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From Chris Murphy <mur...@gmail.com>
Subject Re: Continual creation is a memory leak
Date Mon, 12 Dec 2011 18:22:36 GMT
I'm using JProfiler to look for memory leaks. I've used it to see that
they've been plugged since I implemented Robert's suggestion of having a
separate temporary DataContext that gets garbage collected, collecting the
Reading data objects with it.

I now think that garbage collection being the reason for three connections
to be required is quite silly! If a connection is ready for garbage
collection then it won't be visible to the Cayenne code. The Cayenne code
is baulking because two connections are currently in use and a third is
required to execute a query (that's my understanding of the error message).
To really see the cause of the problem it would be good if the "Too many
connections" stack trace told us what the other two connections are being
used for. Alternatively the instrumention at the DEBUG logging level might
show connections being picked up and released, and I would be able to work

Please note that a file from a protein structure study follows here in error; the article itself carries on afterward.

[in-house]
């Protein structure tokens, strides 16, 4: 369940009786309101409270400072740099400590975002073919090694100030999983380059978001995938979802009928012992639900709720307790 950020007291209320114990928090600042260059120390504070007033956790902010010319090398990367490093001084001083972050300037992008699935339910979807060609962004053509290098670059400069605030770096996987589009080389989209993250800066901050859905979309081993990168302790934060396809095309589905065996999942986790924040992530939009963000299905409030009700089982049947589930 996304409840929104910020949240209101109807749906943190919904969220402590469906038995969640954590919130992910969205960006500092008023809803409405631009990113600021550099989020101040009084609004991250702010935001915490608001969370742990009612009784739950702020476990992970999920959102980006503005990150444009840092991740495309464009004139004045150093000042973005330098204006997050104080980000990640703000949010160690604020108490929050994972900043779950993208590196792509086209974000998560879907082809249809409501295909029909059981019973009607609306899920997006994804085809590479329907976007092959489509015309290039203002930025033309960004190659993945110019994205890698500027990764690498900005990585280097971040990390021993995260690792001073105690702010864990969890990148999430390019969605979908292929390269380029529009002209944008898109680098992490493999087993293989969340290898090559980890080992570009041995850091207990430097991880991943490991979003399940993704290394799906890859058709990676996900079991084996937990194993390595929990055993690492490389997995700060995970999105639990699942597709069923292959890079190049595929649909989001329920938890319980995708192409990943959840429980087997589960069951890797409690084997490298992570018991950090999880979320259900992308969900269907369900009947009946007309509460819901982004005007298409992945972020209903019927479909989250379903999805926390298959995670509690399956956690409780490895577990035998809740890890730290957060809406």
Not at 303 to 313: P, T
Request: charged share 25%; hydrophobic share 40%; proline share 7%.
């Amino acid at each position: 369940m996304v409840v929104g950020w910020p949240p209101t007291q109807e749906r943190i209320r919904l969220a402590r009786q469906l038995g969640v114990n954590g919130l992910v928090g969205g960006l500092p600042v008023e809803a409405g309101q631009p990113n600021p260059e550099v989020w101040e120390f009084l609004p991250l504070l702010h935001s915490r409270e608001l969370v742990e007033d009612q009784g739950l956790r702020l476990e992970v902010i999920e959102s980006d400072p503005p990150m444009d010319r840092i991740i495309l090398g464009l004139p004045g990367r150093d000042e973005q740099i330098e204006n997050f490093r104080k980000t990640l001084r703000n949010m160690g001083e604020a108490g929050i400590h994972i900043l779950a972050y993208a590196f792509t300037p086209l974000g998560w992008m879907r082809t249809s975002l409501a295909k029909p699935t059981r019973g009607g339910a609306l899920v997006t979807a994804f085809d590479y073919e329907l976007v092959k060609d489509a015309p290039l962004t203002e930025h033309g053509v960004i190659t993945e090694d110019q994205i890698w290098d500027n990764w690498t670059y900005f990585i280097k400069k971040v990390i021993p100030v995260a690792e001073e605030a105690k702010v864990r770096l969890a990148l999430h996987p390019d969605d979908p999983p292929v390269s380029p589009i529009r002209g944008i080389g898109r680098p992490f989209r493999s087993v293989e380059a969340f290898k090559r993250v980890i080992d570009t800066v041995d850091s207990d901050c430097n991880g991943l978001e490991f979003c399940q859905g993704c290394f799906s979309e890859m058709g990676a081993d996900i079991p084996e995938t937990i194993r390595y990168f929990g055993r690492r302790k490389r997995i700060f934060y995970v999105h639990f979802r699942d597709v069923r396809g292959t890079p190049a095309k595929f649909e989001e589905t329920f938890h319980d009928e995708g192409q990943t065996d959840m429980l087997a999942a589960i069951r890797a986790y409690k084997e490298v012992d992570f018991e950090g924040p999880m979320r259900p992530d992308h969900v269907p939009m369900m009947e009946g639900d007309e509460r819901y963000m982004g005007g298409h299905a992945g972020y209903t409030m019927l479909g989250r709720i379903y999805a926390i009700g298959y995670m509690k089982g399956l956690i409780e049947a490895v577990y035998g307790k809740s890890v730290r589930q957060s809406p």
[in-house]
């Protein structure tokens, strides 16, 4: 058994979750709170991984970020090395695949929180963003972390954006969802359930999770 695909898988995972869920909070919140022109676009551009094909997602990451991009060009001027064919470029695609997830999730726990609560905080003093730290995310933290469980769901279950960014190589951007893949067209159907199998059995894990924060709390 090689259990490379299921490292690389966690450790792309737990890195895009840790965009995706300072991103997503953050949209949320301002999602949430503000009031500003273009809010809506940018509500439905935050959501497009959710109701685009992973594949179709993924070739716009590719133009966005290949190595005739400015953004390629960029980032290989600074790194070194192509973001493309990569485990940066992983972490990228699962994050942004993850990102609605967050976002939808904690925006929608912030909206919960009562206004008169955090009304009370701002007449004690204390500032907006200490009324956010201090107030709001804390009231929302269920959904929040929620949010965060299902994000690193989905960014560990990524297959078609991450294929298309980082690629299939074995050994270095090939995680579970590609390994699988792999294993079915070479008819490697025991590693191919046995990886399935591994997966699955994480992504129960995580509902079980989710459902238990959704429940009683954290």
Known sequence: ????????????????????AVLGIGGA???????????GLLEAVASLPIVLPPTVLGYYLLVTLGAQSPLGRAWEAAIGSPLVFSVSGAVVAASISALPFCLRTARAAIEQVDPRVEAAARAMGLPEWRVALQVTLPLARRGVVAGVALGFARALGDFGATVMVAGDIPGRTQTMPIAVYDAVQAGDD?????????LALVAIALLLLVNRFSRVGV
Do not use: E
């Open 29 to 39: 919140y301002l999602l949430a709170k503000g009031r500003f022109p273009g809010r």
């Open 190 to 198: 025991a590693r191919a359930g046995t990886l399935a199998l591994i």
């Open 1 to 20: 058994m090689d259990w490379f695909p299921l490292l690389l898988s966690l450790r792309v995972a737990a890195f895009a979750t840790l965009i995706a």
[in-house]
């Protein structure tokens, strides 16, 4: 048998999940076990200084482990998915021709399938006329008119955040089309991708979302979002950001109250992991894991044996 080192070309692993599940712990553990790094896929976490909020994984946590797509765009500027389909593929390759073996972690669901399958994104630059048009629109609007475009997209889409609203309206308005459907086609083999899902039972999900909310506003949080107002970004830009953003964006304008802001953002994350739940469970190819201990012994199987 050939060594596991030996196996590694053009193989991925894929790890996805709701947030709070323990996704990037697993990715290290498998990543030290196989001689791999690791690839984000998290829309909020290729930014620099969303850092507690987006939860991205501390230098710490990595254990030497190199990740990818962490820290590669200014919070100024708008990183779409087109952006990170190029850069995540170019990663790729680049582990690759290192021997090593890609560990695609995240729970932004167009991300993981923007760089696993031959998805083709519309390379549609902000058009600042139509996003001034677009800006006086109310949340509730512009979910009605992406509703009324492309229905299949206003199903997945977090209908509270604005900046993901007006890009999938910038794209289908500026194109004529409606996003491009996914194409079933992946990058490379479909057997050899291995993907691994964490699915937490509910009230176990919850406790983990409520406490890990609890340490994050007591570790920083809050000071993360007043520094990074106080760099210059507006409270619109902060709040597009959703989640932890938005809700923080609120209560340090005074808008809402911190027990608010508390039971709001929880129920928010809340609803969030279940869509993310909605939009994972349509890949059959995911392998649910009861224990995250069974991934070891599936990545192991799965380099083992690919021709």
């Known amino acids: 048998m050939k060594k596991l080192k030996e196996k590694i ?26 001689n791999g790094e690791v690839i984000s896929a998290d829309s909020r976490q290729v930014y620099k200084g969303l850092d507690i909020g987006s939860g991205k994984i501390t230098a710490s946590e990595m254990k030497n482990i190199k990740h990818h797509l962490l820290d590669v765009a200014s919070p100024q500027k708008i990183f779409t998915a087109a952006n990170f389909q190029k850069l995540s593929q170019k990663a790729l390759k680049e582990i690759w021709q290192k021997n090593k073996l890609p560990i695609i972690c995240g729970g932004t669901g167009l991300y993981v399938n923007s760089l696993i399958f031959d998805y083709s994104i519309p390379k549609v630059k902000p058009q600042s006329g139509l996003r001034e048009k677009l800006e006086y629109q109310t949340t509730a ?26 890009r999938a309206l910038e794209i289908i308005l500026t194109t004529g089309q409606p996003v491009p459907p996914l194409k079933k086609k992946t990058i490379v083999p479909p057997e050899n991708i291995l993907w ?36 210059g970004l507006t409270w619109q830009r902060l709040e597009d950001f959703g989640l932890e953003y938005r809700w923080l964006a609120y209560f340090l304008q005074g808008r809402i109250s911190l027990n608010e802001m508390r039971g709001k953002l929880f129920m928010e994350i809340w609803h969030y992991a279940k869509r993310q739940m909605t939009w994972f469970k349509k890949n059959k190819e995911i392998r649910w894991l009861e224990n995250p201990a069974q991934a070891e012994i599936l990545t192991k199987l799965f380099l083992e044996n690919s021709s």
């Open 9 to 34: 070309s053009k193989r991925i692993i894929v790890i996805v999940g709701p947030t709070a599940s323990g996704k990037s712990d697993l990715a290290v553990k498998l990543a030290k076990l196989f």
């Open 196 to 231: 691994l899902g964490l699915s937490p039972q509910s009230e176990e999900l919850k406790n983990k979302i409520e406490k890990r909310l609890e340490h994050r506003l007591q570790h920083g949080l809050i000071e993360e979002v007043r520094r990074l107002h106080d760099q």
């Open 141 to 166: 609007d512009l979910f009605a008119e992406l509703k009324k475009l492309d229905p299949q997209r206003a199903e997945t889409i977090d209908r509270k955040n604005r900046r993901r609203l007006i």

out why the other two are being held from there.

 ~ Chris Murphy

On 13 December 2011 00:50, Durchholz, Joachim <
Joachim.Durchholz@hennig-fahrzeugteile.de> wrote:

> > Perhaps the garbage collector thinks that its okay to leave around such
> a small amount of garbage for more than a minute.
> >
> > Am I right?? It sounds weird that a garbage collector can cause a
> program to crash!
>
> Probably not. Garbage collectors will kick in after a certain threshold
> has been reached, and that threshold is usually set at the end of the last
> cycle.
> In other words, unless you have a real memory leak, the collector should
> keep the memory footprint stable. It's part of its job description.
> (The actual mechanism is far more complicated, but that's the bottom line).
>
> If you are using Sun's Java 6, you can monitor memory usage via JVisualVM,
> which comes as part of the JDK.
> JVisualVM also works well for Sun's Java 5 runtime. You'll have slightly
> reduced functionality and you need to supply an extra -D parameter to the
> Java 5 RE, but it does give you the pretty real-time graphs. That tool
> helped me a ton, a year or two ago, with little hassle for set-up, despite
> being tied to Java 5 at that time. (JVisualVM will even give you statistics
> about which data types take up most memory, show you all objects of a type,
> and will even do a breadth-first search for a stack frame that's keeping
> any given object alive. I'm not 100% sure how much of this is available for
> Java 5, but if Java 5 fails you can still try Java 6.)
>
> HTH
> Jo
>

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